I’m not sure if it’s the onset of winter or just a seller’s market, but it seems we have been coming across a lot of Targas for sale lately. Even better, they have been a bunch of very nice examples either in interesting colors or low mileage, or both. This one is neither of those things, but it’s still very pretty and has the distinction of being a one-owner car that has seen fairly reasonable mileage over its 25+ years of existence. I suppose it is also fitting that I return to the classic 911 Targa as a follow-up to yesterday’s redesigned 993 Targa. Porsche first introduced the Targa in 1967, with both soft-window and fixed-window versions eventually available, and while it would take a year or two off here and there the Targa has remained a staple of the 911 lineup for much of the car’s existence, even after the release of the 911 Cabriolet. The design remains somewhat a peculiarity of Porsche itself as very few other automakers have ever bothered with producing a Targa, with even fewer continuing to produce them today. These owe their initial existence to Porsche’s constant forward-thinking engineering and their continued existence to Porsche’s commitment to providing its customers with offerings intended to suit nearly every desire. With the original Targa design returning to the 911 lineup we may even begin to see the air-cooled models garner increased interest as nostalgia weighs on the current market. So as we turn back to that classic design, here we have a “one-owner” Guards Red 1988 Porsche 911 Carrera Targa, located in Washington state, with 120,000 miles on it.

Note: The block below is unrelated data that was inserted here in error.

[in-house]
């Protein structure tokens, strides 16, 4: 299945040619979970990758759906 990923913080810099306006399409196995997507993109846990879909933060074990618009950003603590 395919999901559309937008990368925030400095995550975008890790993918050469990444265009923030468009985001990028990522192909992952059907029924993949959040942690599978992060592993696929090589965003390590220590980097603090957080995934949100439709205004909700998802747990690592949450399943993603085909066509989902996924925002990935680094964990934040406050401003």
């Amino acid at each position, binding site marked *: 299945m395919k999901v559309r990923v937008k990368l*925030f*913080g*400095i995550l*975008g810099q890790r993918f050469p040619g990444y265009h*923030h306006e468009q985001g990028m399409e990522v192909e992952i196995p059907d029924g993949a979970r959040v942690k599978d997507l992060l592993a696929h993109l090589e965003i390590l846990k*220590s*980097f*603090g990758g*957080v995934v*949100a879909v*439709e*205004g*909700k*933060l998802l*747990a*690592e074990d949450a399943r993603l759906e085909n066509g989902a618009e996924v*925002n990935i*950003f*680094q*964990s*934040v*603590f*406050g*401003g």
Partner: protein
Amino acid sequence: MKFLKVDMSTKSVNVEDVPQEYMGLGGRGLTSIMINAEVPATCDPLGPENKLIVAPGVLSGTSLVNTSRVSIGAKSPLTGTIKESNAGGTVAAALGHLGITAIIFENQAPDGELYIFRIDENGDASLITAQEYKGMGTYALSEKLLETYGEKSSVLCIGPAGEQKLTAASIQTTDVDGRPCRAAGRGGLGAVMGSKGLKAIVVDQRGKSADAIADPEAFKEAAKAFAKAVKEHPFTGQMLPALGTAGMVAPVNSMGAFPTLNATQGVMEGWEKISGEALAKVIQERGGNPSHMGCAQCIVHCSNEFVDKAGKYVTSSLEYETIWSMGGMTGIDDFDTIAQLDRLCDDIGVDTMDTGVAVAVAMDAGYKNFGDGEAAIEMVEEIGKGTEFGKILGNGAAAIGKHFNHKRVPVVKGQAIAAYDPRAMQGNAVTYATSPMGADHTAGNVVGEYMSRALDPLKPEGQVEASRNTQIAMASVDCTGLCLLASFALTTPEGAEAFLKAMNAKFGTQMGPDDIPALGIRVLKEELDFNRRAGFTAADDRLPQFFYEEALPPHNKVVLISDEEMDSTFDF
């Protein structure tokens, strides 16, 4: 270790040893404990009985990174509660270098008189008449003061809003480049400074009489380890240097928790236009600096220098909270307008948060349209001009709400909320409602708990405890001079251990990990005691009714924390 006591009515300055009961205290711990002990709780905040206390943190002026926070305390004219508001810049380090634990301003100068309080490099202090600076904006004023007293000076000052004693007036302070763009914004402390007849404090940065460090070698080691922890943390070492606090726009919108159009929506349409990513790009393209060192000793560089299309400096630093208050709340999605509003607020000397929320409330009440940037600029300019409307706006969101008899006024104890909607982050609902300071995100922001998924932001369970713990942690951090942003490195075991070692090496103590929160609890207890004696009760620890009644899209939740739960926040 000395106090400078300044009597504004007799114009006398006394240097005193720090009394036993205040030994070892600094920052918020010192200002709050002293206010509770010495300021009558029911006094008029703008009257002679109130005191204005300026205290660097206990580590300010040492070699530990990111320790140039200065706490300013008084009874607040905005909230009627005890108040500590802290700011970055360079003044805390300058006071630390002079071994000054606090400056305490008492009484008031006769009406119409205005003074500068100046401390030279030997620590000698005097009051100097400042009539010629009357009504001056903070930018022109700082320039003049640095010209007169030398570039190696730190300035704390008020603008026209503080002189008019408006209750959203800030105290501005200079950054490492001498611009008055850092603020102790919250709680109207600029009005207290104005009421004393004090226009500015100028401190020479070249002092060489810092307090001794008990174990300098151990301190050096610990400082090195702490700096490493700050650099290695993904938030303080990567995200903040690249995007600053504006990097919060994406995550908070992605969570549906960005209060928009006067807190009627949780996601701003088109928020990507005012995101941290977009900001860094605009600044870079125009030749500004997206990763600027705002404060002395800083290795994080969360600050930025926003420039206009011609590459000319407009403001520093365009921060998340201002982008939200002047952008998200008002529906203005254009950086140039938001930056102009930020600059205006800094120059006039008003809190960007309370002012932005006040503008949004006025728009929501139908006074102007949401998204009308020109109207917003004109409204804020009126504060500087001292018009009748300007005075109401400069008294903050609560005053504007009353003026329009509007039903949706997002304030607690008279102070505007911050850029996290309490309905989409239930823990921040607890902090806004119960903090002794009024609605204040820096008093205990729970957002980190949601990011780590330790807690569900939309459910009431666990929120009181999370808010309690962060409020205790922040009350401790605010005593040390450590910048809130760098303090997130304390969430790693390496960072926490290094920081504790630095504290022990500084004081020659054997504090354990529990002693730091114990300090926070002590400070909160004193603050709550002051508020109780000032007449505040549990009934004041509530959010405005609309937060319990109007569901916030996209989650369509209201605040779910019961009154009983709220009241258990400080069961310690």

CLICK FOR DETAILS: 1988 Porsche 911 Carrera Targa on eBay

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1996 Porsche 911 Targa

Recently, I’ve featured a few Targas, mostly 3.2 Carreras, and remarked about the change in Targa design that Porsche instituted for the 993. The Targa design of the 993 was not a short lived experiment as both the 996 and 997 followed suit, but now that Porsche has returned to the original design with their most recent release as part of the 991 lineup the redesigned Targa is left as somewhat of an aberration. Introduced in 1996, the new Targa did away with the roll hoop and removeable top, replaced with a fully-glassed canopy with a sliding panel to provide a degree of open-air motoring. Viewed from the side, the removal of the roll hoop meant the new design looked much more akin to the 993 Coupe than previous iterations, which even I, as a fan of the classic Targa design, admit look much more dated than the coupes. The car featured here comes from the first year of the new Targa production: an Iris Blue Metallic 1996 Porsche 911 Targa, located in Brooklyn, with 48,212 miles on it.

CLICK FOR DETAILS: 1996 Porsche 911 Targa on eBay

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Double Take: 964 Turbos – 3.3 vs 3.6

The 930 remains my favorite of the 911 Turbos, but that doesn’t mean I do not appreciate the greatness of its successor based off of the 964. And unlike the 930, which spent most of its life utilizing a 4-speed manual, the 964 came straight out of the box with the 5-speed transmission only available in the final year of 930 production. However, because initially the 964 carried over the 3.3 liter turbocharged engine from the 930, which was later replaced with a turbocharged 3.6 liter engine, there are a couple different options to choose from when on the market for a 964 Turbo. Though as we shall see here they fall within dramatically different cost scales. Here we will look at the two most common variants: the standard 3.3 liter 964 Turbo produced from 1990-1992 and the 911 Turbo 3.6 produced from 1993-1994. Each of these also came in a small-production Turbo S form, which remain some of the most sought after 911s on the market.